The EPA’s “Secret Science” rule establishing new standards for consideration of certain “pivotal” scientific studies, which was slated to go into effect on January 6, 2021, has been vacated and remanded by the U.S. District Court for the District of Montana. The decision follows one from a few days prior in which the court rejected EPA’s attempt to make the rule immediately effective. Notably, both decisions rely on the same basic principle — that the rule is not merely procedural, as EPA claimed, but substantive. That determination could be important for other rules that the Trump EPA viewed as procedural in nature, but that have been challenged as having substantive effect.

Originally, the so-called “Secret Science” rule was slated to go into effect immediately upon publication in the Federal Register, based on EPA’s claim that it was only an administrative rule that should be exempt from notice-and-comment under the Administrative Procedure Act (APA). The court rejected this argument in an initial decision issued on January 27 that delayed the rule’s implementation, granting a motion for summary judgement by environmental groups challenging the rule. In that decision, the court held that the rule is no mere housekeeping measure, but rather directed EPA how to weigh evidence, and thus had important substantive implications for future rulemaking actions.

The court’s February 1 ruling applies that same thinking — that the rule is not merely administrative in nature, but substantive — to vacate it entirely. Since the court had already held in its January 27 opinion that the rule was too substantive to fall within the exception to the APA, the court likely concluded that it exceeded EPA’s “housekeeping” authority to govern its internal affairs under 5 U.S.C. 301, which EPA had originally identified as the legal basis for the rule.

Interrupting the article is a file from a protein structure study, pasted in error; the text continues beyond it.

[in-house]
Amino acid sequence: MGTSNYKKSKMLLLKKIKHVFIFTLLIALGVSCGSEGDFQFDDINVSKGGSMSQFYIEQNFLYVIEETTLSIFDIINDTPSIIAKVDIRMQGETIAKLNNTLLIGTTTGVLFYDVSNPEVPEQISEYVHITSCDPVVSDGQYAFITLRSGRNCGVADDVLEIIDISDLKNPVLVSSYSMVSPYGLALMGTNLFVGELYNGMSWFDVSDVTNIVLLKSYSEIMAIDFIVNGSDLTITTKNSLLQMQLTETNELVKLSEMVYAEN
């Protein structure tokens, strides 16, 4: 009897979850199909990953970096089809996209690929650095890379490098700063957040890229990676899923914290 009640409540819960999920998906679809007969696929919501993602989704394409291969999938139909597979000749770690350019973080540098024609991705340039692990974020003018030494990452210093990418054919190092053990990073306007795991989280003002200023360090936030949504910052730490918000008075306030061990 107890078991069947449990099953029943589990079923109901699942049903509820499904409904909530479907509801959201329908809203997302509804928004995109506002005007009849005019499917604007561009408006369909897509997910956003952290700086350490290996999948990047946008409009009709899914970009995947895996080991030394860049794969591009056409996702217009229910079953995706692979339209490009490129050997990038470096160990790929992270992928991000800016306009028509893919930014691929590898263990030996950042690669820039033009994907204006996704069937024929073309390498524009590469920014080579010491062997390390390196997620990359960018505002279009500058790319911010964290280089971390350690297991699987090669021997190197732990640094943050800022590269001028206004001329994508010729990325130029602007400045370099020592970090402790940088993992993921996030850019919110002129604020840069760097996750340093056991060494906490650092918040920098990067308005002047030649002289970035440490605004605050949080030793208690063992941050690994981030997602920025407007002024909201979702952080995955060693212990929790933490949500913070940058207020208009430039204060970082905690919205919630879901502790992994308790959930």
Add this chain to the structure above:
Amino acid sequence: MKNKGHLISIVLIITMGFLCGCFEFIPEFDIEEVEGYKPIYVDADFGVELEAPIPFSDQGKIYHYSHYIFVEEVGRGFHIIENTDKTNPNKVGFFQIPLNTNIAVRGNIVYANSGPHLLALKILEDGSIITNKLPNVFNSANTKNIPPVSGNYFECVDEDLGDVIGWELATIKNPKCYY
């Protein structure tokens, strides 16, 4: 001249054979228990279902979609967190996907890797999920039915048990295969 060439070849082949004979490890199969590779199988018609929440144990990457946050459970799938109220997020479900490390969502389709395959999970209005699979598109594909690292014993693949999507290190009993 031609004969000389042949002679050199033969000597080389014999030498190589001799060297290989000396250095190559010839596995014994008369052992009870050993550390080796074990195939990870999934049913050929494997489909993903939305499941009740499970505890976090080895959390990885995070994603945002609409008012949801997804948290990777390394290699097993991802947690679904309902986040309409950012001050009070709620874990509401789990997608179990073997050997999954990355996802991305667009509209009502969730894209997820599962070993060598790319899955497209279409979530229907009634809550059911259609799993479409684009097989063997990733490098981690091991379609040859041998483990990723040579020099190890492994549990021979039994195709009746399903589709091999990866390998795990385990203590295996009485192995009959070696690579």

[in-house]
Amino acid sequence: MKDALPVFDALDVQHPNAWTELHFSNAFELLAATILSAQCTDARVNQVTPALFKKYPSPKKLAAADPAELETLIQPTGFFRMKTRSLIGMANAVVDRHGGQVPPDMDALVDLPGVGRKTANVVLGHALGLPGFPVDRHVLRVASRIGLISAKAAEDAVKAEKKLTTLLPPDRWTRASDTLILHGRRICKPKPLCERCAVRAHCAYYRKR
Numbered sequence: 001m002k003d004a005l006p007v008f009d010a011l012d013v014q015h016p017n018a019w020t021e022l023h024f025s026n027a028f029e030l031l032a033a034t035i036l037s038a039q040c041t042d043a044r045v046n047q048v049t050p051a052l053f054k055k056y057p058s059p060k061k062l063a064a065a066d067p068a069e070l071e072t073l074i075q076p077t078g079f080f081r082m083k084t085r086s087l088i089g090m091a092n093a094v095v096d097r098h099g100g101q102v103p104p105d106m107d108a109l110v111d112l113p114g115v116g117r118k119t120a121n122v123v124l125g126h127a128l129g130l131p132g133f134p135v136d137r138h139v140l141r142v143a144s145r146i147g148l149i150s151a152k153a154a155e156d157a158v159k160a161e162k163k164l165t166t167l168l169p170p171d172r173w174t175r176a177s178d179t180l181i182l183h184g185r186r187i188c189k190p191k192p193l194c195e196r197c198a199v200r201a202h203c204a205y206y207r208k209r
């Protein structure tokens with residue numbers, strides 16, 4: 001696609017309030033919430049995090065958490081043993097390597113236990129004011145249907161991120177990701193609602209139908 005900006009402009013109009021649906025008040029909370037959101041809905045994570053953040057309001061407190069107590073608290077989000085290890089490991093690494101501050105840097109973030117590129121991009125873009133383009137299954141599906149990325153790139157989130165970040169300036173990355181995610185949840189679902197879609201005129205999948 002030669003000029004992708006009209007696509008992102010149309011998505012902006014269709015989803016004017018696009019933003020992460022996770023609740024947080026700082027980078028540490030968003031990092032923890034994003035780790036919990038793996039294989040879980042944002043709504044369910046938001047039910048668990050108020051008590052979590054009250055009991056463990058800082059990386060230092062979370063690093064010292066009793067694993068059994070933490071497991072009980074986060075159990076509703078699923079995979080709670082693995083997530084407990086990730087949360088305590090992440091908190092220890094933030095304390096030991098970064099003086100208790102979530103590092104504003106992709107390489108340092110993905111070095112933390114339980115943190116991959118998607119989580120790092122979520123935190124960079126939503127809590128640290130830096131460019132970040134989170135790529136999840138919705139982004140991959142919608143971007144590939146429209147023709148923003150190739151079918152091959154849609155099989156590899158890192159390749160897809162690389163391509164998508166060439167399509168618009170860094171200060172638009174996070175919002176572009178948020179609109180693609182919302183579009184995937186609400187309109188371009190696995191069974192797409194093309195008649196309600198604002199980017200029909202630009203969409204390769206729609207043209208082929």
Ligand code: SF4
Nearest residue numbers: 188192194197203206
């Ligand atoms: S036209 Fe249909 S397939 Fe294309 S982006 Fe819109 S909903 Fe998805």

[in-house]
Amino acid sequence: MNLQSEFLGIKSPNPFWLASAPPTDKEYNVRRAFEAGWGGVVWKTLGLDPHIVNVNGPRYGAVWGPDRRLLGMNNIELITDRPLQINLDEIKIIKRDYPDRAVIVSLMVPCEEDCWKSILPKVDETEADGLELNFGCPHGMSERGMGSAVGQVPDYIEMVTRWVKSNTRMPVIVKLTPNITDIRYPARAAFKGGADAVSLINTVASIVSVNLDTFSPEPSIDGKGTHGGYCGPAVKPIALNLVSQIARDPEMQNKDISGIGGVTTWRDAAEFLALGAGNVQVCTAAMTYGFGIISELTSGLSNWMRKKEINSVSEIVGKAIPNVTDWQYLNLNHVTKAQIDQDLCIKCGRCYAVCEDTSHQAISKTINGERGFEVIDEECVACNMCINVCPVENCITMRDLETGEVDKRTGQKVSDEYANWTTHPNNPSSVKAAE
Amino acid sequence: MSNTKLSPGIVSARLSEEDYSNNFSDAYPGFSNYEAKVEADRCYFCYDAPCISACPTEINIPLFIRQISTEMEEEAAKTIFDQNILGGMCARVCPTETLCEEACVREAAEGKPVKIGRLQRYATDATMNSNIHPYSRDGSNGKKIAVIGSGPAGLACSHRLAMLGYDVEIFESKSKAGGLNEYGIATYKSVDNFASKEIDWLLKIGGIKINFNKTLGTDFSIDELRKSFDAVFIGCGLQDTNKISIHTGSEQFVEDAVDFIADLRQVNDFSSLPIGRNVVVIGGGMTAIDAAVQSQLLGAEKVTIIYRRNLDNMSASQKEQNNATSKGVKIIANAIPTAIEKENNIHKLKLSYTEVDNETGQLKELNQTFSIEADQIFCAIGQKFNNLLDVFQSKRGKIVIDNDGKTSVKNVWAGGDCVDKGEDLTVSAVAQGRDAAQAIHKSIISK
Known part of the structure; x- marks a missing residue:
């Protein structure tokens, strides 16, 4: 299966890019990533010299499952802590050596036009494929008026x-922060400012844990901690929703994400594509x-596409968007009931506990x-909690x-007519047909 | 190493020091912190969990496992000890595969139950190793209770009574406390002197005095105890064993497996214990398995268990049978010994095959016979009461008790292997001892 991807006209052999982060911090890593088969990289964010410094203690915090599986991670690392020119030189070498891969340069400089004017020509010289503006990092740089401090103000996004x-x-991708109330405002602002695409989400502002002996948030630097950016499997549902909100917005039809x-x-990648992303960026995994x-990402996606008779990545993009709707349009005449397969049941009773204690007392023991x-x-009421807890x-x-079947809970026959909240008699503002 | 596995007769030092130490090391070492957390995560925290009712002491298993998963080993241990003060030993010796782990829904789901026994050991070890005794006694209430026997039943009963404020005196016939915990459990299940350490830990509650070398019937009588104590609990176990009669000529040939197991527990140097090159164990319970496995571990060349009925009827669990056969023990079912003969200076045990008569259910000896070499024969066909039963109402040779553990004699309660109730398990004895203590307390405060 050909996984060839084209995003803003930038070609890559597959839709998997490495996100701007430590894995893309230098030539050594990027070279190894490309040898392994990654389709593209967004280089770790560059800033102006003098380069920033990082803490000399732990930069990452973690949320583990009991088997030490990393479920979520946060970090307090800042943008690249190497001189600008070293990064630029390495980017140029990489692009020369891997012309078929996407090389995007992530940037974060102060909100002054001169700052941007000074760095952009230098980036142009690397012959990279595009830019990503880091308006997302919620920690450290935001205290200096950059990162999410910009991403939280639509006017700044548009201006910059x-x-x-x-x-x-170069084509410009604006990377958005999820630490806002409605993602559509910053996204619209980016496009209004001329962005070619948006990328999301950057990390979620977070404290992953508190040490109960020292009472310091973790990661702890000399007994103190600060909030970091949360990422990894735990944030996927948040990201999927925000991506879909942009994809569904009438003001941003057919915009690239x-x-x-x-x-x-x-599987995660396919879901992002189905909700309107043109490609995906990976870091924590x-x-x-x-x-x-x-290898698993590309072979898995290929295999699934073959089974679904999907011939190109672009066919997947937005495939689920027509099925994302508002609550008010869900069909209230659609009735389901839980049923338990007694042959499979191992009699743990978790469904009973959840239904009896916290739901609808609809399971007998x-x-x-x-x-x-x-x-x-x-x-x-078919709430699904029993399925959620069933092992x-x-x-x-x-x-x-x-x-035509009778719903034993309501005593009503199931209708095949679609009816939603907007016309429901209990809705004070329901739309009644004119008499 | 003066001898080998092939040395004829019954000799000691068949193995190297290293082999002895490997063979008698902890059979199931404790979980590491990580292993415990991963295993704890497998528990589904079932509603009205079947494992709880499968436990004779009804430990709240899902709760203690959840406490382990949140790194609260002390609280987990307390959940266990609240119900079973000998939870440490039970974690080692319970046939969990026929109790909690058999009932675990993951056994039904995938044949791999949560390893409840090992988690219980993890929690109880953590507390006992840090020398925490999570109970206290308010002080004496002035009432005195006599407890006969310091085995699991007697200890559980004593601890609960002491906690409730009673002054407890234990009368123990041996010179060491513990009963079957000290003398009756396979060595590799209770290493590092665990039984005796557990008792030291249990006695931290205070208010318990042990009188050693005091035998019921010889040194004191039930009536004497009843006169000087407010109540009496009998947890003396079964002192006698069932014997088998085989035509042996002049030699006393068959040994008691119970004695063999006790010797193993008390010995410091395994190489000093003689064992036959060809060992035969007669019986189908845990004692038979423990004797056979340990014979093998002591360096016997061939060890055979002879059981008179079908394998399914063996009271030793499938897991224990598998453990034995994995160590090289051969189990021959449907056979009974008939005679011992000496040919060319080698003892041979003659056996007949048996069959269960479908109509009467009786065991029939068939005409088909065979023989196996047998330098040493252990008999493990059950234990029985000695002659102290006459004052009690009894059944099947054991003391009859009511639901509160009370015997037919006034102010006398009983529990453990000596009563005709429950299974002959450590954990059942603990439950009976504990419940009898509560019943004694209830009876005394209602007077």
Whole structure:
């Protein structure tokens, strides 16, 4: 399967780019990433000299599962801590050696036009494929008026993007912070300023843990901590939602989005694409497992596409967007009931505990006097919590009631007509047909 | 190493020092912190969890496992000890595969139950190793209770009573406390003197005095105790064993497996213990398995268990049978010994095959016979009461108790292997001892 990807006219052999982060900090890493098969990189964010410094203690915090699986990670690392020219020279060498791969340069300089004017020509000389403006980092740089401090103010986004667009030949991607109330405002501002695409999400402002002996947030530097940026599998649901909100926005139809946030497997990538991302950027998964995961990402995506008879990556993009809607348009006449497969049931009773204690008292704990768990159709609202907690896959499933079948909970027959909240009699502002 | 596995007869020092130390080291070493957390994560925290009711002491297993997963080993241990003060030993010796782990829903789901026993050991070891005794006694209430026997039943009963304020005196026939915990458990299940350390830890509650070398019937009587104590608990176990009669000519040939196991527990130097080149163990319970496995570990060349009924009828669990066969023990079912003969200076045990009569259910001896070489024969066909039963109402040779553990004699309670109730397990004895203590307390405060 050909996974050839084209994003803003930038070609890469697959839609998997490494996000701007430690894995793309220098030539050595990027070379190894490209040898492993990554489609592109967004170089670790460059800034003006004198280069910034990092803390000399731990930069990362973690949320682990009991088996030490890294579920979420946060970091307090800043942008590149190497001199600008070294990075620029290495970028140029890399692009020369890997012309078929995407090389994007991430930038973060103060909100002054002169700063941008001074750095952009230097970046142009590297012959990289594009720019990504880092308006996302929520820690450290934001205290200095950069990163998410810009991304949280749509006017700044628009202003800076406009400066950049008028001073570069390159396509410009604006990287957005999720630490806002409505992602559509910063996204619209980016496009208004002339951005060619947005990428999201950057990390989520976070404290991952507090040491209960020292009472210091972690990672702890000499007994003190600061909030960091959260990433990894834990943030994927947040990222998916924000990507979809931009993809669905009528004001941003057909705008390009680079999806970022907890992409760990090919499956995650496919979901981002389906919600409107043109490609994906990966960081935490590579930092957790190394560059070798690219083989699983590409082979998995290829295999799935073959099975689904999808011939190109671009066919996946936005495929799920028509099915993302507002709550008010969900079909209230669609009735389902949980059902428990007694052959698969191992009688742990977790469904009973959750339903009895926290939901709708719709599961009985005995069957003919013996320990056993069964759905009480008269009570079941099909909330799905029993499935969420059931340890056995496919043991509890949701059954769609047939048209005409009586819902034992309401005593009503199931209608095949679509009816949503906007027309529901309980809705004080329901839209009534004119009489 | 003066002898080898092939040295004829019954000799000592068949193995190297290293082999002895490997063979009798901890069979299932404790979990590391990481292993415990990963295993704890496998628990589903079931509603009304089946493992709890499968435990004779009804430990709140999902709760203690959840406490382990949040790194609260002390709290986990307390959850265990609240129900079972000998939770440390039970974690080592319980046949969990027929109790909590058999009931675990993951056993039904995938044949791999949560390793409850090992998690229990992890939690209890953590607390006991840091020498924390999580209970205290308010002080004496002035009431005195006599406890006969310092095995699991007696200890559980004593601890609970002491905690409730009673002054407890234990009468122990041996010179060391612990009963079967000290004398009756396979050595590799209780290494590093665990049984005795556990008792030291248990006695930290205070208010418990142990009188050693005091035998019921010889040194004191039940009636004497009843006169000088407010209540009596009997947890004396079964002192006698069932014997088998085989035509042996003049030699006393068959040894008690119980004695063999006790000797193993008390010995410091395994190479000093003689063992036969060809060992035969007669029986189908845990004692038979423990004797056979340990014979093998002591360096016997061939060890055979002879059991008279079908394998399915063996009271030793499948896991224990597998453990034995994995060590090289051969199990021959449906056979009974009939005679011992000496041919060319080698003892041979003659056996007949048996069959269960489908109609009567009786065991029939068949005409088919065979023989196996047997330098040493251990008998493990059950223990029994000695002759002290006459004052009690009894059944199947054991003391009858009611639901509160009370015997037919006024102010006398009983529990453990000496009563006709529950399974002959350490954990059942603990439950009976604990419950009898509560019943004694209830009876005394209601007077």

Notably, it wasn’t the challengers to the rule that asked for vacatur, but EPA itself. While the first decision in late January, which held that the rule did not qualify to go into effect immediately, granted a motion filed by challengers, the second motion to vacate the rule granted EPA’s own motion for vacatur and remand. The fact that EPA filed a motion to seek vacatur of its own rule just days after inauguration shows the Biden EPA has hit the ground running in trying to reverse highly controversial policies from the Trump administration. The district court’s decision could have implications for several EPA measures adopted to improve transparency during the Trump administration that were based on the agency’s housekeeping authority, including a rule governing the adoption and rescission of significant guidance issued in September 2020.

For more details on the substance of the “Secret Science” rule, see Troutman’s previous blog post on the rule here. For more information on the rule, or for updates on pending legal challenges, please contact Louise Dyble at